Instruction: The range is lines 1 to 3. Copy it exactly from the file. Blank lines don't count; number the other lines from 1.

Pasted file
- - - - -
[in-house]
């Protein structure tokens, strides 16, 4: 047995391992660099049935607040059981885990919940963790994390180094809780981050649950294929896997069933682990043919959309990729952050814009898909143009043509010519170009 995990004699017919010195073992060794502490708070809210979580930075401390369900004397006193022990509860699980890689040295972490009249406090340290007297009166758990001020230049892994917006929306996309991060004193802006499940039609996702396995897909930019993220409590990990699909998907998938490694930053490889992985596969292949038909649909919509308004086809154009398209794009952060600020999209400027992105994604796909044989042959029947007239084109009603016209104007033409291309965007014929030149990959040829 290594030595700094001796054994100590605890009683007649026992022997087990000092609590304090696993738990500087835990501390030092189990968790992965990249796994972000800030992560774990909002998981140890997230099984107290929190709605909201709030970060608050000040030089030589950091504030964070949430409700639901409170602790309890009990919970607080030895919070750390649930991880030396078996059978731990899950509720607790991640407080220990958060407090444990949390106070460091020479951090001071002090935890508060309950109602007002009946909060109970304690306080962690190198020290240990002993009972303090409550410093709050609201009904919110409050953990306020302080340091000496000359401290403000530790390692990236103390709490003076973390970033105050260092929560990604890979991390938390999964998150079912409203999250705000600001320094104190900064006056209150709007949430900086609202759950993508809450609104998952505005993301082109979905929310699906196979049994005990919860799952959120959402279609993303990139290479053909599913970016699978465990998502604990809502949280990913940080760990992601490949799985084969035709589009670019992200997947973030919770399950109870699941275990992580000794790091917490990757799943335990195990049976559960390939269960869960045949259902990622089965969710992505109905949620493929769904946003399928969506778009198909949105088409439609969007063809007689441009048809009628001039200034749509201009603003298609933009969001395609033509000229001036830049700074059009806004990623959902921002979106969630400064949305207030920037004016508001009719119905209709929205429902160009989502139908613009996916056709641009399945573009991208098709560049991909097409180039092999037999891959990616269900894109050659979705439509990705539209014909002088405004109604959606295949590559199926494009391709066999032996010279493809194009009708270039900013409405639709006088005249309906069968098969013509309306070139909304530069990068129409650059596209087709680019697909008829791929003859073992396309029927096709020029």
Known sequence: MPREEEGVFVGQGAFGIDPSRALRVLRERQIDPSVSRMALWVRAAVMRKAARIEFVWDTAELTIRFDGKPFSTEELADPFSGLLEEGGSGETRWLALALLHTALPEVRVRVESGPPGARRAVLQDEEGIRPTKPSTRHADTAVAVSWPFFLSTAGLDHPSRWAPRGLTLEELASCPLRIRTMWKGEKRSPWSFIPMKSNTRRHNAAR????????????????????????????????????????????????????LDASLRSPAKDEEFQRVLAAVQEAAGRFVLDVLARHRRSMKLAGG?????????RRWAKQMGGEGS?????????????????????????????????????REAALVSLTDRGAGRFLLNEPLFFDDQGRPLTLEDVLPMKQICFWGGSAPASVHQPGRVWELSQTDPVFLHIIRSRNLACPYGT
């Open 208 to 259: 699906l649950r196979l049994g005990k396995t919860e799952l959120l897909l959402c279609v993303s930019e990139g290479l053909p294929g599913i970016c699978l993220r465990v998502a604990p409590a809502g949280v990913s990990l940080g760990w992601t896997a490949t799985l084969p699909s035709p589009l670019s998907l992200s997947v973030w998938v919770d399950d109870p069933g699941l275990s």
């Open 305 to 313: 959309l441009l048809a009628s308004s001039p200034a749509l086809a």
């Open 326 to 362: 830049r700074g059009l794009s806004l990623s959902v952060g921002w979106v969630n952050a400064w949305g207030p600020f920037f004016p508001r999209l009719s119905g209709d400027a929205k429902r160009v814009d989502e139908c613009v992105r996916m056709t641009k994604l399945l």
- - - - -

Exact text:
[in-house]
């Protein structure tokens, strides 16, 4: 047995391992660099049935607040059981885990919940963790994390180094809780981050649950294929896997069933682990043919959309990729952050814009898909143009043509010519170009 995990004699017919010195073992060794502490708070809210979580930075401390369900004397006193022990509860699980890689040295972490009249406090340290007297009166758990001020230049892994917006929306996309991060004193802006499940039609996702396995897909930019993220409590990990699909998907998938490694930053490889992985596969292949038909649909919509308004086809154009398209794009952060600020999209400027992105994604796909044989042959029947007239084109009603016209104007033409291309965007014929030149990959040829 290594030595700094001796054994100590605890009683007649026992022997087990000092609590304090696993738990500087835990501390030092189990968790992965990249796994972000800030992560774990909002998981140890997230099984107290929190709605909201709030970060608050000040030089030589950091504030964070949430409700639901409170602790309890009990919970607080030895919070750390649930991880030396078996059978731990899950509720607790991640407080220990958060407090444990949390106070460091020479951090001071002090935890508060309950109602007002009946909060109970304690306080962690190198020290240990002993009972303090409550410093709050609201009904919110409050953990306020302080340091000496000359401290403000530790390692990236103390709490003076973390970033105050260092929560990604890979991390938390999964998150079912409203999250705000600001320094104190900064006056209150709007949430900086609202759950993508809450609104998952505005993301082109979905929310699906196979049994005990919860799952959120959402279609993303990139290479053909599913970016699978465990998502604990809502949280990913940080760990992601490949799985084969035709589009670019992200997947973030919770399950109870699941275990992580000794790091917490990757799943335990195990049976559960390939269960869960045949259902990622089965969710992505109905949620493929769904946003399928969506778009198909949105088409439609969007063809007689441009048809009628001039200034749509201009603003298609933009969001395609033509000229001036830049700074059009806004990623959902921002979106969630400064949305207030920037004016508001009719119905209709929205429902160009989502139908613009996916056709641009399945573009991208098709560049991909097409180039092999037999891959990616269900894109050659979705439509990705539209014909002088405004109604959606295949590559199926494009391709066999032996010279493809194009009708270039900013409405639709006088005249309906069968098969013509309306070139909304530069990068129409650059596209087709680019697909008829791929003859073992396309029927096709020029």
Known sequence: MPREEEGVFVGQGAFGIDPSRALRVLRERQIDPSVSRMALWVRAAVMRKAARIEFVWDTAELTIRFDGKPFSTEELADPFSGLLEEGGSGETRWLALALLHTALPEVRVRVESGPPGARRAVLQDEEGIRPTKPSTRHADTAVAVSWPFFLSTAGLDHPSRWAPRGLTLEELASCPLRIRTMWKGEKRSPWSFIPMKSNTRRHNAAR????????????????????????????????????????????????????LDASLRSPAKDEEFQRVLAAVQEAAGRFVLDVLARHRRSMKLAGG?????????RRWAKQMGGEGS?????????????????????????????????????REAALVSLTDRGAGRFLLNEPLFFDDQGRPLTLEDVLPMKQICFWGGSAPASVHQPGRVWELSQTDPVFLHIIRSRNLACPYGT